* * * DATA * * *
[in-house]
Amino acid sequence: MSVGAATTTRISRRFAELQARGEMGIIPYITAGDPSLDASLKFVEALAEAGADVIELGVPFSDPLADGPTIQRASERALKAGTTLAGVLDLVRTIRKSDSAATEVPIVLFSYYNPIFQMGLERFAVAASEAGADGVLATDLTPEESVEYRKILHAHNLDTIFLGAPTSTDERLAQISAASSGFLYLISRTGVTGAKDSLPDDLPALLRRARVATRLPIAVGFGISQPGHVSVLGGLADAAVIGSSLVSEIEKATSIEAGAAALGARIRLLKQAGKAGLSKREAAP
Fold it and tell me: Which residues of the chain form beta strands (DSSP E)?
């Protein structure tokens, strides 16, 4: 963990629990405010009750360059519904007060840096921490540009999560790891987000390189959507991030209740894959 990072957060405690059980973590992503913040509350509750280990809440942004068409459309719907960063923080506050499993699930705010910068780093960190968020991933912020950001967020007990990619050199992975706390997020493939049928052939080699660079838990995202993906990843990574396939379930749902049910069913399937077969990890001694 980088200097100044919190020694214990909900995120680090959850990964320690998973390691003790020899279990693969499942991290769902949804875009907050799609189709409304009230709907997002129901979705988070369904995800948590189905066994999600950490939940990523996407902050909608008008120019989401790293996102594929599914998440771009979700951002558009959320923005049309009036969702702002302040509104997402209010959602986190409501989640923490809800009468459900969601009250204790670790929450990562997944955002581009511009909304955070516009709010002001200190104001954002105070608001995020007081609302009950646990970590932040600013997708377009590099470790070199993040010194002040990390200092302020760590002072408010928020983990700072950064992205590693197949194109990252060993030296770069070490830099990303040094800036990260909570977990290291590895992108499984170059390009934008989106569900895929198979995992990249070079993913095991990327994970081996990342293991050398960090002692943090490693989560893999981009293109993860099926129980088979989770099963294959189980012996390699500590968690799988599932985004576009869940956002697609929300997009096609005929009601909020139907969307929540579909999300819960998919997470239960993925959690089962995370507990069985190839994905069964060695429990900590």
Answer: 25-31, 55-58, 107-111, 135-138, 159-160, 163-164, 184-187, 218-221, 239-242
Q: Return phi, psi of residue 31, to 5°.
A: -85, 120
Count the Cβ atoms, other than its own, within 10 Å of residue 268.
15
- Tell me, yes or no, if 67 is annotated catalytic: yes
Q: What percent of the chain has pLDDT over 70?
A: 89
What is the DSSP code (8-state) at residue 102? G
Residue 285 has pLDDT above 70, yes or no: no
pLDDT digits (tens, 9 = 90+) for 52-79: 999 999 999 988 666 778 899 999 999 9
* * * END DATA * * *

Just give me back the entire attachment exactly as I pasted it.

[in-house]
Amino acid sequence: MSVGAATTTRISRRFAELQARGEMGIIPYITAGDPSLDASLKFVEALAEAGADVIELGVPFSDPLADGPTIQRASERALKAGTTLAGVLDLVRTIRKSDSAATEVPIVLFSYYNPIFQMGLERFAVAASEAGADGVLATDLTPEESVEYRKILHAHNLDTIFLGAPTSTDERLAQISAASSGFLYLISRTGVTGAKDSLPDDLPALLRRARVATRLPIAVGFGISQPGHVSVLGGLADAAVIGSSLVSEIEKATSIEAGAAALGARIRLLKQAGKAGLSKREAAP
Fold it and tell me: Which residues of the chain form beta strands (DSSP E)?
């Protein structure tokens, strides 16, 4: 963990629990405010009750360059519904007060840096921490540009999560790891987000390189959507991030209740894959 990072957060405690059980973590992503913040509350509750280990809440942004068409459309719907960063923080506050499993699930705010910068780093960190968020991933912020950001967020007990990619050199992975706390997020493939049928052939080699660079838990995202993906990843990574396939379930749902049910069913399937077969990890001694 980088200097100044919190020694214990909900995120680090959850990964320690998973390691003790020899279990693969499942991290769902949804875009907050799609189709409304009230709907997002129901979705988070369904995800948590189905066994999600950490939940990523996407902050909608008008120019989401790293996102594929599914998440771009979700951002558009959320923005049309009036969702702002302040509104997402209010959602986190409501989640923490809800009468459900969601009250204790670790929450990562997944955002581009511009909304955070516009709010002001200190104001954002105070608001995020007081609302009950646990970590932040600013997708377009590099470790070199993040010194002040990390200092302020760590002072408010928020983990700072950064992205590693197949194109990252060993030296770069070490830099990303040094800036990260909570977990290291590895992108499984170059390009934008989106569900895929198979995992990249070079993913095991990327994970081996990342293991050398960090002692943090490693989560893999981009293109993860099926129980088979989770099963294959189980012996390699500590968690799988599932985004576009869940956002697609929300997009096609005929009601909020139907969307929540579909999300819960998919997470239960993925959690089962995370507990069985190839994905069964060695429990900590």
Answer: 25-31, 55-58, 107-111, 135-138, 159-160, 163-164, 184-187, 218-221, 239-242
Q: Return phi, psi of residue 31, to 5°.
A: -85, 120
Count the Cβ atoms, other than its own, within 10 Å of residue 268.
15
- Tell me, yes or no, if 67 is annotated catalytic: yes
Q: What percent of the chain has pLDDT over 70?
A: 89
What is the DSSP code (8-state) at residue 102? G
Residue 285 has pLDDT above 70, yes or no: no
pLDDT digits (tens, 9 = 90+) for 52-79: 999 999 999 988 666 778 899 999 999 9